Look at this soft and romantic color combination. I am envisioning a light background with pink budded roses and greens for leaves, reminiscent of an old quilt pattern.

This color combination might be used with a dramatic red barn, smokey grey sky, and furrowed fields. The possibilities are endless!

Currently I am marbleizing wool for two classes that I will be teaching this year. The first class this coming May, with Shelley Lencioni, of I Love Rug Hooking. It will be a two day workshop May, 5 and 6. There is still room in that class, and she has more information posted on her website at iloverughooking.com under "Classes". This will be a fun workshop, nestled away at Shelley's Auburn California studio. I'm excited to teach, share some new patterns, and my dyed and marbleized wool.

The other class is a four day workshop in September in Texas. That class is already full. I hope to have more marbleized and dyed wool to add to my Etsy shop and for vending at some local Hook-Ins. Wow, I better get back into the dye kitchen!

While I adore the results of marbleized wool, there is a lot of work that goes into choosing the wools, preparing and processing. It takes a long time to get the wools rolled, tied, twisted and up to proper temp, without over processing the wool. It really does seem like magic that this beautiful wool is created without adding dyes. However, my tired feet and stiff back are a good reminder that as in all good things, effort and hard work bring about good results, NOT the flick of a magic wand!

Please check back to my ETSY site for patterns, new designs coming, and I hope marbleized and dyed wool too. Thank you!

 

Monday, February 13, 2017

Love Binds Us

Valentine's Day seems like the perfect time to be reminded that, "love binds us"!

This phrase, "loves binds us" kept bouncing around in my head, as 2016 came to a close. So, of course, when an idea gets caught in my brain, I did what I always do. I pulled up loops and hooked it into art!

I like the simplicity of this design and the soft, romantic colors. The background was hooked with mellow greens, camels, gray and other neutrals. The outline of the hearts was hooked with sari silk. I liked the sheen of the silk, and the unpredictable way the loops lay, because of the differing widths of the silk. I used yarn as well, to add accents to the outline. The inner areas of the hearts were hooked with warm neutrals.

The three little separate squares are each 6" x 6". You can hook one or all three. This idea is a spin-off of my previous Heart Prayer Flag idea, but simpler in construction. Each little square is hooked and finished with a wool backing. A simple sari silk loop is attached to the top. At this point you can either use the loops to attach the little heart squares to a rope, or you can individually pin them to the wall.

This design, with all three heart patterns, is available as one PDF at my ETSY shop. So if you need to meditate on good things, creating this project will be a happy distraction. Once completed, this positive message will help remind you to focus on the positive, to breathe, to relax, to remember to find joy, because after all,...."love binds us"!

 

Wednesday, February 8, 2017

Doves Ascending


 

I like the idea that my first rug of 2017 has the message of love, doves and hearts! Doves Ascending is a hopeful way to begin the year don't you think!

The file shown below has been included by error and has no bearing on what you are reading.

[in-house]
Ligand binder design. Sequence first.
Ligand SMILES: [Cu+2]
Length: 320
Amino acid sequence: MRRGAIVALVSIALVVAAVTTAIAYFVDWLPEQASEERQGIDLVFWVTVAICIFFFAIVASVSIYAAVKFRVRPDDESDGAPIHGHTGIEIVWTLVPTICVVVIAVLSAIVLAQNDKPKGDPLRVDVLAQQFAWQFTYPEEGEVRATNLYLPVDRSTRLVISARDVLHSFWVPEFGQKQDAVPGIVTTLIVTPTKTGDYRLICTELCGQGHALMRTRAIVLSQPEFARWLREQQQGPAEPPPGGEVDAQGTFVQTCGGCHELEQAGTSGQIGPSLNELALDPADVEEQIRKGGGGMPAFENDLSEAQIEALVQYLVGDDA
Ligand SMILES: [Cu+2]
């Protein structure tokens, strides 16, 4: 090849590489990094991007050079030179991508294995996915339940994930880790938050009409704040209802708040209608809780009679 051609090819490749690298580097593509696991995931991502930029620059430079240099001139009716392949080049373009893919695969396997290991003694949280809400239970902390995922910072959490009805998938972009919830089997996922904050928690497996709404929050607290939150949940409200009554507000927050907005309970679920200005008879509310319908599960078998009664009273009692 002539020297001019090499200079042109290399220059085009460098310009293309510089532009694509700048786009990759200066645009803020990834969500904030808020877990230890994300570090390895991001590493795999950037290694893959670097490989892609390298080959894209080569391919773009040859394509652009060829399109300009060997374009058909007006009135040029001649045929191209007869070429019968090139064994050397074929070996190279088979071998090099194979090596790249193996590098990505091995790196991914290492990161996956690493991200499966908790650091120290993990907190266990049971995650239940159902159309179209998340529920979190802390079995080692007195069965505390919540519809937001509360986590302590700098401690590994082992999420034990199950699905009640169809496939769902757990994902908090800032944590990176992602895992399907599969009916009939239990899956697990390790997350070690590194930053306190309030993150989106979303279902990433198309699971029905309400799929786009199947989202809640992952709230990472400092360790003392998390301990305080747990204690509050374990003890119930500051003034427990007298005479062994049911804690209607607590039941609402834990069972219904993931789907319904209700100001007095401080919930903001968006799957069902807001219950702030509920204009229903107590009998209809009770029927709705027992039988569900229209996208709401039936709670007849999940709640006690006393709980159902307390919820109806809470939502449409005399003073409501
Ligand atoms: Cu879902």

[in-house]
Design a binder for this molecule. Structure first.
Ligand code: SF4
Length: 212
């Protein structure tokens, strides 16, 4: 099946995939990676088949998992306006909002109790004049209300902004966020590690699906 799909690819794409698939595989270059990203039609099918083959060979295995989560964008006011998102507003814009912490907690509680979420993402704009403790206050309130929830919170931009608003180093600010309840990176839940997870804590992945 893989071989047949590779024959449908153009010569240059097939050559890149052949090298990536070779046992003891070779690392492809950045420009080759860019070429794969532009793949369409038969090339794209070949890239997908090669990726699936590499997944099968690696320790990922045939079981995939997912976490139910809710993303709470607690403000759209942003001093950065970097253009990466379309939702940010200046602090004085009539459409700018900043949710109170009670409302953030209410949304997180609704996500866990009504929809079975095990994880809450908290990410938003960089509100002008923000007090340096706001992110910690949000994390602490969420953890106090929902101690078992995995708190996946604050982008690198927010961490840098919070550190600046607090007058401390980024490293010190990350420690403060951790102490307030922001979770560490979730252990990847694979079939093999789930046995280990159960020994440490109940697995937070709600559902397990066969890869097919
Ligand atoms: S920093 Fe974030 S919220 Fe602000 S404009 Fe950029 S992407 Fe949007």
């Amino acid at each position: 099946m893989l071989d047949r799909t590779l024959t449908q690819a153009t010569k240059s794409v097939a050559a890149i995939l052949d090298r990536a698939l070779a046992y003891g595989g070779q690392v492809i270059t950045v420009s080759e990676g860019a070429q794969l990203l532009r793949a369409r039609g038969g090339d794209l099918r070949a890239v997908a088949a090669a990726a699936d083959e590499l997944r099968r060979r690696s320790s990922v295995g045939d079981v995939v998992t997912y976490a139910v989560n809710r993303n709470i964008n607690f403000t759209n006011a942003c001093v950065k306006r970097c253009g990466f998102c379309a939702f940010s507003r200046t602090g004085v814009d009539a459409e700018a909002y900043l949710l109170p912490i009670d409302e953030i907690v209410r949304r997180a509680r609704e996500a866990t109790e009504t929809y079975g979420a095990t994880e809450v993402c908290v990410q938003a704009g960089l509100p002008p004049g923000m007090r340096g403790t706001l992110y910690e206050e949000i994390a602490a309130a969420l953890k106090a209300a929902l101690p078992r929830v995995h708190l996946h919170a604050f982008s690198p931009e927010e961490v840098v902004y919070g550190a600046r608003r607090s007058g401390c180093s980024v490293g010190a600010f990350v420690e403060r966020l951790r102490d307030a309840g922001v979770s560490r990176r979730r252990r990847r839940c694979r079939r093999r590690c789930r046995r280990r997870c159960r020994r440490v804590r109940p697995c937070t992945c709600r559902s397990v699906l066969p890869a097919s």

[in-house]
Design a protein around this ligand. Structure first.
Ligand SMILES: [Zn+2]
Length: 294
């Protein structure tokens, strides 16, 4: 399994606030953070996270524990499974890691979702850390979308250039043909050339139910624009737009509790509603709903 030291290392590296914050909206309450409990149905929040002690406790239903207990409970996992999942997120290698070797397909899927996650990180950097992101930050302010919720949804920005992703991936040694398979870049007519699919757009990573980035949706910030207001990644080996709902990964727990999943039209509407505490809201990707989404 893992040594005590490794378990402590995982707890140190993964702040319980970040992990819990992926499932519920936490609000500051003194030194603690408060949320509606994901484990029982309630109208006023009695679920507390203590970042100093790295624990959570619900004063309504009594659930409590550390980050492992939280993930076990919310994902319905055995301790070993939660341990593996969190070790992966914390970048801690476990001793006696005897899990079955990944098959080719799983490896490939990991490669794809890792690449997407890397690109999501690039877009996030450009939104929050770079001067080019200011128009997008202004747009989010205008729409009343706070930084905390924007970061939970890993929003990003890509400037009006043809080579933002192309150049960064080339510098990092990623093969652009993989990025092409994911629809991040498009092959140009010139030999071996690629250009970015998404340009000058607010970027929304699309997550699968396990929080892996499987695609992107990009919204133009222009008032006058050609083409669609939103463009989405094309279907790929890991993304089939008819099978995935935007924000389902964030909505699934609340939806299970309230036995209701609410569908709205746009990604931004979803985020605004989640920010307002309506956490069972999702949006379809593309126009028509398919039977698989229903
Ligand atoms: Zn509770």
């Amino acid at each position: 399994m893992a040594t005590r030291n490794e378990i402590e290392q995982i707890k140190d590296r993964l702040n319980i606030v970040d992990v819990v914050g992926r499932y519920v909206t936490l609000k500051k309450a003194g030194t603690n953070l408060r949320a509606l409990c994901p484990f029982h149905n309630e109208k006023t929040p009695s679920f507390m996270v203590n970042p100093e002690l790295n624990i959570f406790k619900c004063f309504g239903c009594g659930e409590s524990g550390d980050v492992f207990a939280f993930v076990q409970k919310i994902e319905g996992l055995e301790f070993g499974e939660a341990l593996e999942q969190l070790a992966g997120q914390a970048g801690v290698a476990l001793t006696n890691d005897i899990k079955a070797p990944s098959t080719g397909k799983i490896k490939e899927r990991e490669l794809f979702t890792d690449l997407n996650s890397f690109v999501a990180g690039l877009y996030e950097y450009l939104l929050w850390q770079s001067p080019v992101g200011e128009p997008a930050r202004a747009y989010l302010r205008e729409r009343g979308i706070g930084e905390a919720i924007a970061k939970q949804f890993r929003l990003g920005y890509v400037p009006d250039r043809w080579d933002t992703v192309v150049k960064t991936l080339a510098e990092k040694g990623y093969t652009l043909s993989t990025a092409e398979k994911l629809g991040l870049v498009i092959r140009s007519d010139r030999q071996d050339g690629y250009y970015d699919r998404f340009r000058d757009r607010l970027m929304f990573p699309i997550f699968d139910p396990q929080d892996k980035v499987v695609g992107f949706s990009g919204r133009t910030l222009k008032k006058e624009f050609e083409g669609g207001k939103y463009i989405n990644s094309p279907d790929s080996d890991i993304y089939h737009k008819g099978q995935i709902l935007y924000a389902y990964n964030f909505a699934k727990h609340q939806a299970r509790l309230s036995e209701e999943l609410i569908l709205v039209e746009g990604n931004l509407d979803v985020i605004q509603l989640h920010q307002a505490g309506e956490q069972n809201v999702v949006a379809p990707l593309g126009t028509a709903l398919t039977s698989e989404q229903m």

The scrolling hearts were the original idea that brought me to my sketch book, the doves came later. However, for over a year now I have wanted to do a primitive style rug featuring doves, and some how, some way, the doves insisted on being part of this design.

Interestingly enough, last year, my first 2016 rug, was an antique reproduction that featured a dove. My new design, doesn't look anything like the antique one. My intent was not to copy the motifs of the antique rug, rather I wanted to recreate the feeling of peace with doves, and the feeling of motion by how the background was hooked. I had found those elements so inspiring in the antique rug.

The color plan is a simple complimentary color plan with reds, dirty greens and neutrals.

The doves, the "love" motif, and background are hooked with an 8 cut. The scrolling hearts are hooked with a 6 cut as is the background within the hearts.

 

I really enjoyed hooking each part of this composition.


I like how the doves seem to be flying upward, with the background "movement lines" hooked with the wool loops at an angle, seeming to push the doves along.
I hooked the doves in dirty whites and light to medium grey.

The word "love", seems grounding and significant placed at the bottom of the rug. I like to think, that the doves are carrying that message aloft, upward and onward. Notice how the red outline of the word, disrupts some of the flow of the inner part of the letters. I did that accidentally, but later chose to leave it like that because, well,...love isn't perfect.

The earthy green/brown background was the ideal foil for the red hearts. I found that hooking them in a 6 (or smaller cut could work too) was the best way to not have everything get too squished. There are three different, close in value reds that I used. Each line of the heart is a different red. That helped me not get confused as to what line continued where, as they scrolled and circled around to create the connecting hearts.


 

A friend suggested I offer three different variations of the rug. So there is the original design, Doves Ascending, that is 11" x 30". Two other variations feature the top half of the rug, Scrolling Hearts and Dove. Another variation, Love, Dove, and Hearts, with the lower half of the original rug. Those two designs measure 11"x 17 1/2". (See the listings at my ETSY)

Hooking this rug was very therapeutic for me these past few weeks. What can be better than practicing your craft, creating a rug, or wall hanging in which the colors, the motifs, the hooking technique all come together to make a design that sends out a positive, love-filled message.

I feel blessed!

Please visit my ETSY shop to see these new designs, or other hooking related items.

Also, I'm excited to say I will be teaching this September in Fredericksburg, Texas at Two Stars In Texas Rug Camp. Come hook with me!